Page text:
Tag Archives: Social Networking

Two centuries of Blawg Review

Originally posted 2009-03-01 01:04:05. Republished by Blog Post Promoter

Blawg Review: #200 went up earlier last week, and, contemplating its bicentennial edition, it got a little philosophical. “Ed” (as in “Ed.,” the nom de keyboard of Blawg Review’s maestro) hosted last week’s edition himself in honor of this milestone.

I particular appreciate this bit, going off on a topic I first had the opportunity to become aware of, and comment on, in the second half of this post, i.e., the transparently commercial blog-as-billboard:

Last week’s host, Mark Bennett, suggested that lawyers who enter the legal blogosphere looking to profit by it are headed for public ridicule; instead, he recommends that “the practical blawgosphere wants you to succeed. Write worth a damn, join in the conversation, link to posts on the blawgs you like reading, and we’ll find your blog and spread the word.” Scott Greenfield applauded Bennett taking a similar position in his Blawg Review last week. Whereas Bennett said that profiteers were welcome in but not well-suited to the blawgosphere, Greenfield put it more bluntly: “This Blawgosphere Ain’t Big Enough for the Two of Us”: “So why can’t we all get along? Because the marketers don’t care about the blawgosphere. They care about the quick buck and scheme.” Austin Criminal Defense Attorney Jamie Spencer blogged about an attorney in Dallas, whose blog is so transparently marketing-oriented that it concludes a post about a bizarre case where a drunk driver ended up with her truck in someone’s pool with “If you too have driven a car into a pool and are in need of an experienced DWI lawyer….”

Who among us hasn’t wished he had that number handy, eh?

And, hey — there was plenty of praise to go around, too, even a little coming out this way:

Colin Samuels, at Infamy or Praise, will remember Blawg Review for the annual award that recognizes the best Blawg Review of the Year. This annual competition is open to all law blogs that have hosted Blawg Review, and the same blogger wins every year. Congratulations, Colin, for getting the most nominations for Blawg Review #189, based on Samuel Taylor Coleridge’s “The Rime of the Ancient Mariner”, which has earned the award for Blawg Review of the Year 2008. Ron Coleman’s Blawg Review #191, a Chanukah special at Likelihood of Confusion, is this year’s runner-up. In third place in the voting, there was a tie between Rush Nigut’s Blawg Review #147 based on the Register’s Annual Great Bicycle Ride Across Iowa, and David Gulbransen’s Blawg Review #182, a special bar exam edition. Twenty-four issues of Blawg Review received nominations this year, which shows the quality and variety of presentations is appreciated.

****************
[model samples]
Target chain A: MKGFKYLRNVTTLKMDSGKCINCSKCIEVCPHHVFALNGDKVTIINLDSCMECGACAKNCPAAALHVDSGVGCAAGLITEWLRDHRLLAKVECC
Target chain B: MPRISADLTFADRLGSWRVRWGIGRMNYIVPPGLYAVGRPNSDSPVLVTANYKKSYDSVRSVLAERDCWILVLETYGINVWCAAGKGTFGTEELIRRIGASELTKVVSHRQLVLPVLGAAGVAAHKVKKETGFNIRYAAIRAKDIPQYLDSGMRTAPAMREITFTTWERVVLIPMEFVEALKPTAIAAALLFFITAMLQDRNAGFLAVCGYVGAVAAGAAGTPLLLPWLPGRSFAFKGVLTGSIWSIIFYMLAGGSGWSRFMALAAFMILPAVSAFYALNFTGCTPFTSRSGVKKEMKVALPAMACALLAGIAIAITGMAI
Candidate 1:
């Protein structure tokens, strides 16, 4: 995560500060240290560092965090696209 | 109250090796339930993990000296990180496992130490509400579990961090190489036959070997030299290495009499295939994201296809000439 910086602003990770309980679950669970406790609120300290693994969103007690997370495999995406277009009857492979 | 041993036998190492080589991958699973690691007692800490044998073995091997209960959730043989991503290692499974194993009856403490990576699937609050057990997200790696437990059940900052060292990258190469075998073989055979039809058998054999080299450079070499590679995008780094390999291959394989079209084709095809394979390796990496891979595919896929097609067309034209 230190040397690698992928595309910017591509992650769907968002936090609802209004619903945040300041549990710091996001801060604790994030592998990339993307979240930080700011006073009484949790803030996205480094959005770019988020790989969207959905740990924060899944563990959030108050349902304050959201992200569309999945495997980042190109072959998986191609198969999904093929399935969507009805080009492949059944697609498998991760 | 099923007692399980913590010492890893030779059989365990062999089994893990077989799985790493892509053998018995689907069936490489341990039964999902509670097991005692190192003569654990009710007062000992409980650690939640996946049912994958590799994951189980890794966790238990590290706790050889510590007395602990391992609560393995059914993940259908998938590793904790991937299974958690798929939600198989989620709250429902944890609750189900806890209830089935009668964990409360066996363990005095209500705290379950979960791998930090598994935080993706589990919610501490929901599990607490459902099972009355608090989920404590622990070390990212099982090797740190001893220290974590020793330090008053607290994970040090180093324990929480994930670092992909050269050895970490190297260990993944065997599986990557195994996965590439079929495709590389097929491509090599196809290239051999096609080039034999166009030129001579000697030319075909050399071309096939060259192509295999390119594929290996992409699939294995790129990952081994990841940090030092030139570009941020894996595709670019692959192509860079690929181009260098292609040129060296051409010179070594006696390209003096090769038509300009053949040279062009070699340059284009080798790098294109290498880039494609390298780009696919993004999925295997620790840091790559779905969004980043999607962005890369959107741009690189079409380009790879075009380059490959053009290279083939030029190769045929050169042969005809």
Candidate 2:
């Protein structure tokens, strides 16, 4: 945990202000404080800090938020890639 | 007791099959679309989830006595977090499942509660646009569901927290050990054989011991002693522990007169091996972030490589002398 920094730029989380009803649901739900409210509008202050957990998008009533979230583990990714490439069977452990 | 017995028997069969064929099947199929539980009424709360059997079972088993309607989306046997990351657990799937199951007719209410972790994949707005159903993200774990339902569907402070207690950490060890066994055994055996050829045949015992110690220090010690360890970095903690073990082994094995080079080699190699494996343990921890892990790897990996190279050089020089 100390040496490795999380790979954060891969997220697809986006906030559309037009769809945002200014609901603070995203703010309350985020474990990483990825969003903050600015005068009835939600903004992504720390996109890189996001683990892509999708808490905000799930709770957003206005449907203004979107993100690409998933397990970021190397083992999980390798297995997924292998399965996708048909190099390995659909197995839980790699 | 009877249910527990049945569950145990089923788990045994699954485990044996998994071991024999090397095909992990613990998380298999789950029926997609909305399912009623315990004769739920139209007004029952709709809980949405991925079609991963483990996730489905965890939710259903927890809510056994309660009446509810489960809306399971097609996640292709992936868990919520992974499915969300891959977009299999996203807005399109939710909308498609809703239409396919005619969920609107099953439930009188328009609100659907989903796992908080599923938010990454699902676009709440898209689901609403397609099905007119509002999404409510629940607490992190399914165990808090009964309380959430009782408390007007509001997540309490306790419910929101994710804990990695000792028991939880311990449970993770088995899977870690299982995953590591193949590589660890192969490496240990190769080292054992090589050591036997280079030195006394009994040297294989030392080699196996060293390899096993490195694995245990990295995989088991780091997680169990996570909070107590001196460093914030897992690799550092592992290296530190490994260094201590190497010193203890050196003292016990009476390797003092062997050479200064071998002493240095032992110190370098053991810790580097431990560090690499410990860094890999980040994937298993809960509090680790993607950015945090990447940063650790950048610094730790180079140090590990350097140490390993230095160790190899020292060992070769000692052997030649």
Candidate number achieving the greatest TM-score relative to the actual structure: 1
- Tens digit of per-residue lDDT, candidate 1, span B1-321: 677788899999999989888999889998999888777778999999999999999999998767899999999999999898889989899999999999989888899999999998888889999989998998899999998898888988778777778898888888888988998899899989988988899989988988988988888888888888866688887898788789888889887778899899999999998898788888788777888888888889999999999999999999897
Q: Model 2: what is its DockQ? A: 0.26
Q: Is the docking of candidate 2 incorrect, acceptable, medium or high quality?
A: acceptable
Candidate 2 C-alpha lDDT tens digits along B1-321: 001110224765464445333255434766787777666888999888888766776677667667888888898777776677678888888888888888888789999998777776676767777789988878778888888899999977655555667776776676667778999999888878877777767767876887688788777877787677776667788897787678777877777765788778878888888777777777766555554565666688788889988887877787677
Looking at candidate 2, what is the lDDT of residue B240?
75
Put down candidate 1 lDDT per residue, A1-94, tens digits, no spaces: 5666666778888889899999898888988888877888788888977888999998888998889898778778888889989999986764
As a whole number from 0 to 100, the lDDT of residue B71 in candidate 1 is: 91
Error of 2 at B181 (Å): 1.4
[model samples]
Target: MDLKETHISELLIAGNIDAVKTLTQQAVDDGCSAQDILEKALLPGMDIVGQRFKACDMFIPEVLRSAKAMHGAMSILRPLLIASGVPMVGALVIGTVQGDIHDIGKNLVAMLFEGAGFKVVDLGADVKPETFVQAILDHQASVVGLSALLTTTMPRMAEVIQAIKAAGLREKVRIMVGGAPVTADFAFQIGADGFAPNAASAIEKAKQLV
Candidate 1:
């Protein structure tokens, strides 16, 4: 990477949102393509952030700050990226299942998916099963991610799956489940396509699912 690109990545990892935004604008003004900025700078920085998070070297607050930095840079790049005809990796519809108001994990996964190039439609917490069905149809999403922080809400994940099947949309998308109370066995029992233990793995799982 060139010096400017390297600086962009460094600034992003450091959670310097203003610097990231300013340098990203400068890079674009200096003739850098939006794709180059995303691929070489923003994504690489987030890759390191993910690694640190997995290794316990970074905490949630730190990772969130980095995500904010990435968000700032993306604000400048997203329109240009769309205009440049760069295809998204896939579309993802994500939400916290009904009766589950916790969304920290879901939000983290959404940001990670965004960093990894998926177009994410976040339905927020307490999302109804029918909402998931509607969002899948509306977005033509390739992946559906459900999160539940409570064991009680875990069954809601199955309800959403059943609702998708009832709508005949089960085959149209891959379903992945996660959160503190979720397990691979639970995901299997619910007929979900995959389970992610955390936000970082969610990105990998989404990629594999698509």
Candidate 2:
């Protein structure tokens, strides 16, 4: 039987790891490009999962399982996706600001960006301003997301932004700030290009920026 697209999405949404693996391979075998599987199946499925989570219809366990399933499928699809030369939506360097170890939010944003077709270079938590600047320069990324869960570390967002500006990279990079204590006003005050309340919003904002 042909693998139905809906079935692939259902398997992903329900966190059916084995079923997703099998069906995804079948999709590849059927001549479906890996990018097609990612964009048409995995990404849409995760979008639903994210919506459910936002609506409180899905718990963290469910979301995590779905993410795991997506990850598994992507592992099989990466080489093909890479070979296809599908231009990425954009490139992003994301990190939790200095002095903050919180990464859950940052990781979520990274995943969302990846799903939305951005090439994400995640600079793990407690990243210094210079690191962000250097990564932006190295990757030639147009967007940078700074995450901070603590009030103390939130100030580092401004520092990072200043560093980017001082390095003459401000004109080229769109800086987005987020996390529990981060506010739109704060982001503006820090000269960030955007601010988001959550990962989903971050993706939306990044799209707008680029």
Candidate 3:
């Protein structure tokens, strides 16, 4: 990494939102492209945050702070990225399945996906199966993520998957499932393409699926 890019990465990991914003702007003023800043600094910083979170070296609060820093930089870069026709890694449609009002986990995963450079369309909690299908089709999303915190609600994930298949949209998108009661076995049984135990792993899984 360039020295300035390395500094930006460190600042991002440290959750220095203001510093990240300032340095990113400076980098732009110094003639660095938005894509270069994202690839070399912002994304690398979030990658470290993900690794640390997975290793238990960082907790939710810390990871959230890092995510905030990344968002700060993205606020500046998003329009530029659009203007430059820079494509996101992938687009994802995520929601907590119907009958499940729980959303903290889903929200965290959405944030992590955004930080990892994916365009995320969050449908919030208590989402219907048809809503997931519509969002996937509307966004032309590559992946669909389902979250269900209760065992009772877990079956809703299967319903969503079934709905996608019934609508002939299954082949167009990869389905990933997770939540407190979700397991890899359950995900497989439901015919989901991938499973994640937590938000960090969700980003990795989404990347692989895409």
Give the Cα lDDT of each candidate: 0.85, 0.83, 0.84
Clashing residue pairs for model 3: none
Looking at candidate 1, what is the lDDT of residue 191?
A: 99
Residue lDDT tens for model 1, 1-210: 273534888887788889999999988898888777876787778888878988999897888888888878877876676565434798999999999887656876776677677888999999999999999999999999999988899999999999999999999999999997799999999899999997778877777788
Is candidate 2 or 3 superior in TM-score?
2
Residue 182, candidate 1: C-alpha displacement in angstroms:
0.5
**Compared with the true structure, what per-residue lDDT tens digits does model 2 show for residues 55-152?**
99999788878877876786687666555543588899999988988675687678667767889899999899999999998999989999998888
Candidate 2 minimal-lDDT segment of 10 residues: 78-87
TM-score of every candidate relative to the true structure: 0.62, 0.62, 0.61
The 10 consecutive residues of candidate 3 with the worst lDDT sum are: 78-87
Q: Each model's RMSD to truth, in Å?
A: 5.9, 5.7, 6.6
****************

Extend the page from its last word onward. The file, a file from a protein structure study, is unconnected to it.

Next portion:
Colin is very much the man, even if his spelling is a little weak.  His pumping of LOC for notice this year was worth every penny, it seems!

Congratulations to Colin and Blawg Review!

Tweets for the sweet

Originally posted 2010-01-11 10:50:32. Republished by Blog Post Promoter

It’s been a couple of weeks, but then again no one was really out there anyway — here are the recent topical tweets I’ve shared with the vast subscribership of @roncoleman:

Storming over from Jersey

Random photo. I like pictures.

All good stuff, and this is easier than blogging, right?

Keeping it in reserve

Originally posted 2009-09-04 17:57:22. Republished by Blog Post Promoter

Writer's blog?

Writer's blog?

This week’s Blawg Review is from The Inspired Solo, who, tacitly acknowledging that all the good jokes have been taken — having taken quite a few of them herself — wisely advises saving the inspiration for more important things, after all.  Kind of the Blawg Review version of “the show about nothing”:

As with my last BR, I am once again eschewing the problematic notion of “themes.” The problem with themed blawg reviews is mainly one of oneupsmanship — somebody gets clever with the Shakespeare, then the next guy has to go all Dante on you, and the next thing you know, we’re struggling to get through an irreverently witty translation of Innocent the III’s De miseria conditionis humanae and, really, who needs that? Right. We just want the good stuff from the blawgs.

So that’s my “theme” — such as it is: a simple message from The Inspired Solo to tap your inspiration when you really need it, and don’t let the pressure to be creative, funny, clever, or — well, hell, anything, really — distract you from your true goal. That’s real inspiration.

Feeling inspired?  Me too!  So click through!

Likelihood of occlusion (or, Dragged down by the stone)

Originally posted 2009-11-09 17:25:51. Republished by Blog Post Promoter

Despite being unduly influenced virtually the whole time by narsty opoid medications so they could shut up my gallbladder till they yanked it out (warning – link not safe for lunch) — or, perhaps, precisely by virtue of that influence?* — these are the terrifickest tweets t’at was via @roncoleman last week: